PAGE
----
Shirtless and dripping sweat, the lead singer from Little Howlin' Wolf had just shuffled off stage with his saxophone and bird call when a strong wind gusted across the dusty parking lot.
Then with a sharp crack, the edges of the tarp covering the stage flew upward, lifting high it above the Whartscape music festival like a blue sail.
Dozens of people — girls in boxy dresses and sandals, men in striped shirts and scuffed canvas sneakers — ran forward and grabbed the edges. The wind spit hot dust into their faces and fat drops of rain began to fall.
The crowd parted and a vaguely avuncular man with a bushy, red beard and thick, blue-rimmed glasses hurried past.
"If anyone lives in the nearby area and has a tarp, please bring it," said Dan Deacon, one of Baltimore's best-known experimental musicians and one of Whartscape's founders.
Deacon has said that the festival, which spanned three days and several venues this year, will not be held next year. First organized five years ago as an offbeat response to Artscape, the festival has grown large and the planning unwieldy, he said.
The rain poured down in sheets. People hustled instruments into a shed and wrapped sheets of plastic around speakers.
Musicians and fans pulled down the edges of the tarp and reflected on Whartscape, a festival that draws some of the city's best bands as well as national acts.
As wind rippled the tarp, Tate James, 22, said he had moved from Oklahoma six months ago because he was drawn by the city's music scene.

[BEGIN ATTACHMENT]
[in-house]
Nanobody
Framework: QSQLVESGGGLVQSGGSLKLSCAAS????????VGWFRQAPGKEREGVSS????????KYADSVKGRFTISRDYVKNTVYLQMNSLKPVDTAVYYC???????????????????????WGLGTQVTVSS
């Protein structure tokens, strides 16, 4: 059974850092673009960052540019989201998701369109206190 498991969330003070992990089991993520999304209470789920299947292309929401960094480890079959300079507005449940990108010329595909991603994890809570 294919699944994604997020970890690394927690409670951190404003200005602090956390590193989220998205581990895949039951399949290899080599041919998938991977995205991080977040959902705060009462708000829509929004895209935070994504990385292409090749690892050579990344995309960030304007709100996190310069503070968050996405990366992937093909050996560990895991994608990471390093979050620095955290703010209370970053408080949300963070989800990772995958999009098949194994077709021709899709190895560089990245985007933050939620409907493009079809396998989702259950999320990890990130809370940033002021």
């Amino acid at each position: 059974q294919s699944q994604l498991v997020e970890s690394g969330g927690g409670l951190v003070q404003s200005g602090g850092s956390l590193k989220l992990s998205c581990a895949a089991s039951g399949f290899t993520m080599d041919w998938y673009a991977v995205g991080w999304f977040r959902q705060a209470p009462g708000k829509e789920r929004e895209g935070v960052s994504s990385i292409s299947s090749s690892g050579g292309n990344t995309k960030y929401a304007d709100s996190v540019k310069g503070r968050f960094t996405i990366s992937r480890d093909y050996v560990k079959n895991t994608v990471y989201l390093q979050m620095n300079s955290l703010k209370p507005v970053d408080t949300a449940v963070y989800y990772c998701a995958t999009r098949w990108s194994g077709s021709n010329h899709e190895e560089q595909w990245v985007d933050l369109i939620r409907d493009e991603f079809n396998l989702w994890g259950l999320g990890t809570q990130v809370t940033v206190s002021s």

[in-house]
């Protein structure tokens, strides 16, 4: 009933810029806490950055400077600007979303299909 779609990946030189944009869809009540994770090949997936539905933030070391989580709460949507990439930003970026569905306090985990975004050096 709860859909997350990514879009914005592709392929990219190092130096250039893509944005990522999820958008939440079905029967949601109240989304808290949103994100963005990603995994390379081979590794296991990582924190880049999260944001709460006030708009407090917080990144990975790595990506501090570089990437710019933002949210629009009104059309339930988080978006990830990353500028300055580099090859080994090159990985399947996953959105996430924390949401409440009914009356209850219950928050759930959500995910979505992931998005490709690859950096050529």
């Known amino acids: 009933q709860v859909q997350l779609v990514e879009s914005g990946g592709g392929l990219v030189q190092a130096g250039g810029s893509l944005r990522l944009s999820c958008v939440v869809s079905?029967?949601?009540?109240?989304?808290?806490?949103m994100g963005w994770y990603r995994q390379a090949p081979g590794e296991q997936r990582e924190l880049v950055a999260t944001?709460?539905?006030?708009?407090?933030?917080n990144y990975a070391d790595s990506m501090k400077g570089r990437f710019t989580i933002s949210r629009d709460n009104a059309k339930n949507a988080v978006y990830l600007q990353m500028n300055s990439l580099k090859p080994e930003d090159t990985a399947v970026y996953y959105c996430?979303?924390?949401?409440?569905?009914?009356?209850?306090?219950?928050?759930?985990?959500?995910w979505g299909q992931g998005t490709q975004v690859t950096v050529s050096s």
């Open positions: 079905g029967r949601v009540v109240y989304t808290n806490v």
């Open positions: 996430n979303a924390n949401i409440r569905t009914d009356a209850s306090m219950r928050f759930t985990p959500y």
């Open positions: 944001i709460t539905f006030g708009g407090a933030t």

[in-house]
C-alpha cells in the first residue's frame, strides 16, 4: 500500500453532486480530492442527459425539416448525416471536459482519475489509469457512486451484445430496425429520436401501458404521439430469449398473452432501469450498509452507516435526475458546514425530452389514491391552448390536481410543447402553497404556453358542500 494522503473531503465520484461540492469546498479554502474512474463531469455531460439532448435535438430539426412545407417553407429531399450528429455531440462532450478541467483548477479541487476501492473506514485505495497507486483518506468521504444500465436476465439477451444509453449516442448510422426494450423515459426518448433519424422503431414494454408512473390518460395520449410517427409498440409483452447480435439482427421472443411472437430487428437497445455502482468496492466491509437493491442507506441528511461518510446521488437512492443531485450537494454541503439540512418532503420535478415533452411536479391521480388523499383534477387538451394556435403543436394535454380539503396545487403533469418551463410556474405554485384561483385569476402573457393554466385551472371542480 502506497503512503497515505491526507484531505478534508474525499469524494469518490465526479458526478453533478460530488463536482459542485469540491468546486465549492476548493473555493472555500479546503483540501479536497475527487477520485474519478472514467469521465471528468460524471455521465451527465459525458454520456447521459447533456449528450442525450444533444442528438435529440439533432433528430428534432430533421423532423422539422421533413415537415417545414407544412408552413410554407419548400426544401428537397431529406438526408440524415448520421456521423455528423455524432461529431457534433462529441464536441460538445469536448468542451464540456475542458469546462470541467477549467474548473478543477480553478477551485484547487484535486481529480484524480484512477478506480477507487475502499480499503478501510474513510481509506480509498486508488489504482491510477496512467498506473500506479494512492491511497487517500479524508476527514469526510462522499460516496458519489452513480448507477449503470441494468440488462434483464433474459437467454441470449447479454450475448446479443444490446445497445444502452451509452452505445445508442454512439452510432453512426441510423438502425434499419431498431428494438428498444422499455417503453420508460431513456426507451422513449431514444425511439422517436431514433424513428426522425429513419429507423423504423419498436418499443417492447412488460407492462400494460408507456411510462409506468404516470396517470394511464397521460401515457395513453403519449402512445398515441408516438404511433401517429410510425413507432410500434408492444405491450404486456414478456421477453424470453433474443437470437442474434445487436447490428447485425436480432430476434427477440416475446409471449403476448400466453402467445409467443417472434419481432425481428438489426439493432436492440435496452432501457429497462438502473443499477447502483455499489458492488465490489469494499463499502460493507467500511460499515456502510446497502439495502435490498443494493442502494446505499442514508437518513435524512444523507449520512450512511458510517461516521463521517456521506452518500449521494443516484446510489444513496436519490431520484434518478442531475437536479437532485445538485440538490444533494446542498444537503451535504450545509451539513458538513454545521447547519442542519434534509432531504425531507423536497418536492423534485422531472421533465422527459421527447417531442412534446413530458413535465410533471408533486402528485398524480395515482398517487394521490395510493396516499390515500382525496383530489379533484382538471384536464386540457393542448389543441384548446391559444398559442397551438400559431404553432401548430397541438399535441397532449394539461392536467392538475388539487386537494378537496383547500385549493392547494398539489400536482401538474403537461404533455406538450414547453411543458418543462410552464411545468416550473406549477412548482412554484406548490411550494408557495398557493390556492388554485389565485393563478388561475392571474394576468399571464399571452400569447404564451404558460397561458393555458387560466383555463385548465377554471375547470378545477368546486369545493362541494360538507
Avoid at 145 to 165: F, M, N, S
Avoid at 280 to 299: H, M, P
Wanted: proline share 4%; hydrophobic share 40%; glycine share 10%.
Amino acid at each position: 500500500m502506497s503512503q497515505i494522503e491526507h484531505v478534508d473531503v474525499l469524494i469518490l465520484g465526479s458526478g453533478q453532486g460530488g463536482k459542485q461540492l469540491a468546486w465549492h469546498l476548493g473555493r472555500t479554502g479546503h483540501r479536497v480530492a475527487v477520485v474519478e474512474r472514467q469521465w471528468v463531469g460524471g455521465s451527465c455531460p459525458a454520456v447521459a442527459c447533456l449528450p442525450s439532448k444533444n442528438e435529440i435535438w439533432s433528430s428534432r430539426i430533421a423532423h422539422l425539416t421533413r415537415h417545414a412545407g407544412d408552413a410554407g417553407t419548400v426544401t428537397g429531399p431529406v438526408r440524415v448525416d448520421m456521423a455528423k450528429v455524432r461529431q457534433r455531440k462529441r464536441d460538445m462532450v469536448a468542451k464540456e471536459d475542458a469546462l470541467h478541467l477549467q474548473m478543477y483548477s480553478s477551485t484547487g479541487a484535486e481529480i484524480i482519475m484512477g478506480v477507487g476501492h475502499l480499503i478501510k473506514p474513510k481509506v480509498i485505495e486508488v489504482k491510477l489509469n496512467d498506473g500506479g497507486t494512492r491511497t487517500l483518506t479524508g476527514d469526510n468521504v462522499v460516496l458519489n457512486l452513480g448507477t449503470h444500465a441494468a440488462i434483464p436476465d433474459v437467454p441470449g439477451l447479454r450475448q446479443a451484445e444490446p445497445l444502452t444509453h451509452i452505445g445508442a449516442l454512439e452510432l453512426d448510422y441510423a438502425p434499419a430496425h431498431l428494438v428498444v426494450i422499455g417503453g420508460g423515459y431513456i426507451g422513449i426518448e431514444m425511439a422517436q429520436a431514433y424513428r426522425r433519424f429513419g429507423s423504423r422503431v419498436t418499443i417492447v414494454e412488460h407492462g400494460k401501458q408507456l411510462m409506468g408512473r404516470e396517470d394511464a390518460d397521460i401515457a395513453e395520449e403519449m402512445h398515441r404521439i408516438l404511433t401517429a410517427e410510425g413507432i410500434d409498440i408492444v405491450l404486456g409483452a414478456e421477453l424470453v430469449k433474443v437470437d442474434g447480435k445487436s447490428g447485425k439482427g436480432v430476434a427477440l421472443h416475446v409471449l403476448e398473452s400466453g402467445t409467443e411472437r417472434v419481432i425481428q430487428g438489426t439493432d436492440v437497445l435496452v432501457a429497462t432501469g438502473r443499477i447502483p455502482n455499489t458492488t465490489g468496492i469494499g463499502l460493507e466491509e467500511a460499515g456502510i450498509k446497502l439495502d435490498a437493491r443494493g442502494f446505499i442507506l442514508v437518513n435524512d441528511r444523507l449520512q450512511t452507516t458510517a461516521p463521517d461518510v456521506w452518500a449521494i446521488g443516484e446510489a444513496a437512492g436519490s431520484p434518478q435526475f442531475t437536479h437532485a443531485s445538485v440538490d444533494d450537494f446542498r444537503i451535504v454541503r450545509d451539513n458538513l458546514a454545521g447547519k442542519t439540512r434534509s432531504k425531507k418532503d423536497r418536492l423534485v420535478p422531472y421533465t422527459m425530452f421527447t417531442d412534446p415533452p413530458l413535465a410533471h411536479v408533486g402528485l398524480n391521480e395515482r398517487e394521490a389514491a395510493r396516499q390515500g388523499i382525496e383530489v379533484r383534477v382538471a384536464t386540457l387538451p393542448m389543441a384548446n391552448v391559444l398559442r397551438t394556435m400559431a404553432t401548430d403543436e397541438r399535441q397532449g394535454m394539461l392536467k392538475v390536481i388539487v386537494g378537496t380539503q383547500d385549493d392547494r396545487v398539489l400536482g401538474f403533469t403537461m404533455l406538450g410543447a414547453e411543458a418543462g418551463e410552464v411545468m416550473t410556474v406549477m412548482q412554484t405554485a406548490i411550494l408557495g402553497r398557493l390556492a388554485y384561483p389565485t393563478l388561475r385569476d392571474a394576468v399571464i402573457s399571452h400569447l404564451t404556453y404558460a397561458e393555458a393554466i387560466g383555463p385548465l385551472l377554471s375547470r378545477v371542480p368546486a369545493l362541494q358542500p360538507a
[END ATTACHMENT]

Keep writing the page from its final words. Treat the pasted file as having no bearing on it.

"It's beautiful that there are no corporate sponsors," said James, who played with the Dan Deacon Ensemble earlier in the weekend. "It's wonderful to go to a music festival without banks throwing beach balls at you."
Patrick Rife, 30, of Hamilton, said he had seen a major shift in the city's music scene in recent years. "There's a large body of kids that appreciate more left-field music. The good music used to be in D.C. Now all the good stuff comes here."
When the rain lessened, a group of people spun in a circle, shaking their hands and chanting, "Sunshine come." A man beat time on a broken foam cooler.
Inside the Current Gallery, Deacon shepherded musicians and those he called "head Whartspeople" into a room littered with drums, maracas and cow bells. Should the bands chance playing outside again? Where else could they play? Could they squeeze more stages in the H&H building, a gallery, studio and living space for artists?
Outside, the sun reappeared and steam rose from the lot. A long line snaked out from the "Dragon Wraps" stand for burritos made with tomatoes and zucchini from nearby One Straw Farm.
Madeline Peters, 21, a senior at Maryland Institute College of Art, sat barefoot on a stained backseat of a car propped against the outside wall of the gallery.
"I think the way everyone pitches in just goes to show we have a beautiful thing going on," she said. "I think [the arts scene] gets labeled as 'too cool for school.' But if you're willing to participate, people are willing to include you."
Andy Stack, half the duo behind Wye Oak's lush sounds, noted how the same bands had played the festival each year, but drew much larger crowds as their reputations grew.
"I have a feeling that even if the this doesn't happen next year, there will be something else," Stack said.
Just then, Deacon reappeared and the crowd grew silent, save for sneakers scuffing across the gravel.
"I wrote a couple jokes about the rain. Here's the first one: We put up these tarps to stop the rain," he said, then paused as everyone laughed.
But, in less than an hour, Deacon and company had worked out a plan. Some bands, including Wye Oak, Beach House and Celebration, would play at Sonar. Others would double up at H&H. A few would play in the lot.
"We will have everything as horribly figured as we had everything else figured out," Deacon said to cheers and applause.